warm days of the year?

We are on the cusp of the Earth's long rest but,
like a child not yet ready for bed,
she prances and twirls,
showing off her extravagant colors and
throwing down her fruit...
abundance free for the taking, 
inviting all who are willing into
her dance of renewal.







Monday, October 5, 2020

This Misty Morning




The fog is a blanket this morning,
shielding me, as I sit on the front porch,
from the curious eyes
of neighbors.
But I can see all that I wish to
of my world, shrouded 
in the mist and
the sounds of wild things.

The chipmunks seem in a determined frenzy, 
hurriedly stocking up on the seeds
that will see them through the winter, and
the landscape is painted with
muted golds and purples, as  
the orange coneflowers, 
the aromatic asters,
and the stalwart salvias bloom on,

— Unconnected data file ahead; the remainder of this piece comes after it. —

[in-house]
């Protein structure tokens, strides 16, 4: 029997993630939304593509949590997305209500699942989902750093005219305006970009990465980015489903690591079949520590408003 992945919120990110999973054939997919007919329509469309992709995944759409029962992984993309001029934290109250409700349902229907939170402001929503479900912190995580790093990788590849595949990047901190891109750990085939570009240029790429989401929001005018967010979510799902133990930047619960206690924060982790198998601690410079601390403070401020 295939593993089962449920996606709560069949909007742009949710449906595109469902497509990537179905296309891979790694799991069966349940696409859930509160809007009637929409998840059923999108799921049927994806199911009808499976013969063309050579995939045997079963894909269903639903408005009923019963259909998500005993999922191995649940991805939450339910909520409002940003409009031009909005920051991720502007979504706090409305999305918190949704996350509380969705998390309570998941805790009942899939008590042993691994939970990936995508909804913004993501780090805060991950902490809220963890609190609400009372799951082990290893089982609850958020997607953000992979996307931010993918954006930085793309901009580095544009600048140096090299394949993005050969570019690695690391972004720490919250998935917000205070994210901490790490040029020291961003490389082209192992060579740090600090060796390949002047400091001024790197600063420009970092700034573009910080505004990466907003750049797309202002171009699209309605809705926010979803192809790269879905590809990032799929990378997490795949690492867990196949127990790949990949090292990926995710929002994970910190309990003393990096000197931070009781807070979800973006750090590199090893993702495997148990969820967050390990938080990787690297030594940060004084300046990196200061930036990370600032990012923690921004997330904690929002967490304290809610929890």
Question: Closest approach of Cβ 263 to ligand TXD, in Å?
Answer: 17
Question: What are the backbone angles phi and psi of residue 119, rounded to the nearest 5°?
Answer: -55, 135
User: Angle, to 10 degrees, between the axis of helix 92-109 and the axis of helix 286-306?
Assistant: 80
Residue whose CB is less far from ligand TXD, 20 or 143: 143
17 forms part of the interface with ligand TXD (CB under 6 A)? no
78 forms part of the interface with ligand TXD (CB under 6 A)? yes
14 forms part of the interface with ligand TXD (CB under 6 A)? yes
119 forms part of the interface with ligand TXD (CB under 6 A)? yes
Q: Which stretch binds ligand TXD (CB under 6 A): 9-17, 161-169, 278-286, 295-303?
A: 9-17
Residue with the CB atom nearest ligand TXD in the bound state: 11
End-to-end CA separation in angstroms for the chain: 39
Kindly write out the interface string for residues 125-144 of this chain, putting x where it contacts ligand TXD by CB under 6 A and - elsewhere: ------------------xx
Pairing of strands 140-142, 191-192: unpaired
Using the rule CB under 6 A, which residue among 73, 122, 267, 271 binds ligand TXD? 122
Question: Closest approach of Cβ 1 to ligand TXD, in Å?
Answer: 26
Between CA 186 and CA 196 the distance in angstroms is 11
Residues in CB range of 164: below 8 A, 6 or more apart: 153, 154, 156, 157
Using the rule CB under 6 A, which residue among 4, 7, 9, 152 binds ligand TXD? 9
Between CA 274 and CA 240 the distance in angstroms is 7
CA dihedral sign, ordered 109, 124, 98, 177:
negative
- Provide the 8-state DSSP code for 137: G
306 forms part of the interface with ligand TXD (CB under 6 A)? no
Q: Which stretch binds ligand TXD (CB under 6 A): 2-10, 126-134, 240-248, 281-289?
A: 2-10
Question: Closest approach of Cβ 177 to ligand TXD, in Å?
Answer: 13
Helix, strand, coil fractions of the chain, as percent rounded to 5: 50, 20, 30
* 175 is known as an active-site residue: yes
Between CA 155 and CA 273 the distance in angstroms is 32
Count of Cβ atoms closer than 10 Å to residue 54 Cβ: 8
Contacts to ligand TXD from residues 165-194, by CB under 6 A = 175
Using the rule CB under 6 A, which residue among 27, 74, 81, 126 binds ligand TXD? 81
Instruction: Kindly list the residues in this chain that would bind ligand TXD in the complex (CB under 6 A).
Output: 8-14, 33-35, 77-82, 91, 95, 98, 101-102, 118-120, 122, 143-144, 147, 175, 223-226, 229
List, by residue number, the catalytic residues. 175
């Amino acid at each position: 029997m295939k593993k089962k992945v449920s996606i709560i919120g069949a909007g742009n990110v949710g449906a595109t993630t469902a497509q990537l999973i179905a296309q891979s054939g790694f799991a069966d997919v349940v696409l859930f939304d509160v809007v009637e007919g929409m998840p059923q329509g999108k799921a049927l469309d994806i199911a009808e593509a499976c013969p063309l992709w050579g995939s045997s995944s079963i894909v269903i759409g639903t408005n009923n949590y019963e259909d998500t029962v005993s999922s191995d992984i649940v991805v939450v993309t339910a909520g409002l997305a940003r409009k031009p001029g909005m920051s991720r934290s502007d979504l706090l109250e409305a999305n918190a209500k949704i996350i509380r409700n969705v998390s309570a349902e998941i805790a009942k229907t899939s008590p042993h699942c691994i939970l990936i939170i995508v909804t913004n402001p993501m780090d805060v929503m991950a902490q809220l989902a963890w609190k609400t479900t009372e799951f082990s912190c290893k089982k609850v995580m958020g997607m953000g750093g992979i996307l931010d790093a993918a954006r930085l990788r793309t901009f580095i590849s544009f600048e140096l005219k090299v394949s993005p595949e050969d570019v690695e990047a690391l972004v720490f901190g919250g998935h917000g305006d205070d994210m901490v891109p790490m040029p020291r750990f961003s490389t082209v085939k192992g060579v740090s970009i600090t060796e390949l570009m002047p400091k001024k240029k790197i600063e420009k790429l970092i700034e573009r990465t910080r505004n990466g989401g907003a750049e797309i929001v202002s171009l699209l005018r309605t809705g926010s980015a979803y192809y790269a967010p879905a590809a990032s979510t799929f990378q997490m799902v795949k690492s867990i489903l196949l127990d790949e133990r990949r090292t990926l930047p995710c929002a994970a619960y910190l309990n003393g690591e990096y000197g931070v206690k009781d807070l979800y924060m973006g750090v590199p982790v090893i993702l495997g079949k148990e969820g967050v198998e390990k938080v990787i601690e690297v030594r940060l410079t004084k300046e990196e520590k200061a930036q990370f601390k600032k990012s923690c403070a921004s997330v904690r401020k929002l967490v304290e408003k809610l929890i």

feeding lingering ruby-throats and
the myriad bumblebees still
buzzing through the gardens.

Against the backdrop of cricket's and katydid's
early autumn songs,
the first ruby-crowned kinglet and
purple finch appeared in the
old apple tree, 
the kinglet boldly flitting through
the branches, apparently finding enough
prey to make its foraging worthwhile,
the finch still, cautious and watchful,
carefully weighing the dangers of this 
unfamiliar landscape before
settling in at a feeder, 
eager to dine after its journey from
the north.

I am swathed in gratitude this morning.
All I did was place seeds and small plants
into the ground last spring and they,
of their own accord,
have erupted into bounty.
The Creator, who has  been thusly
providing for all of life in the same manner,
is smiling. 
And I am smiling too on this foggy
October morning, thankful to be
partners with God.







 

Saturday, September 26, 2020

Giant's Toes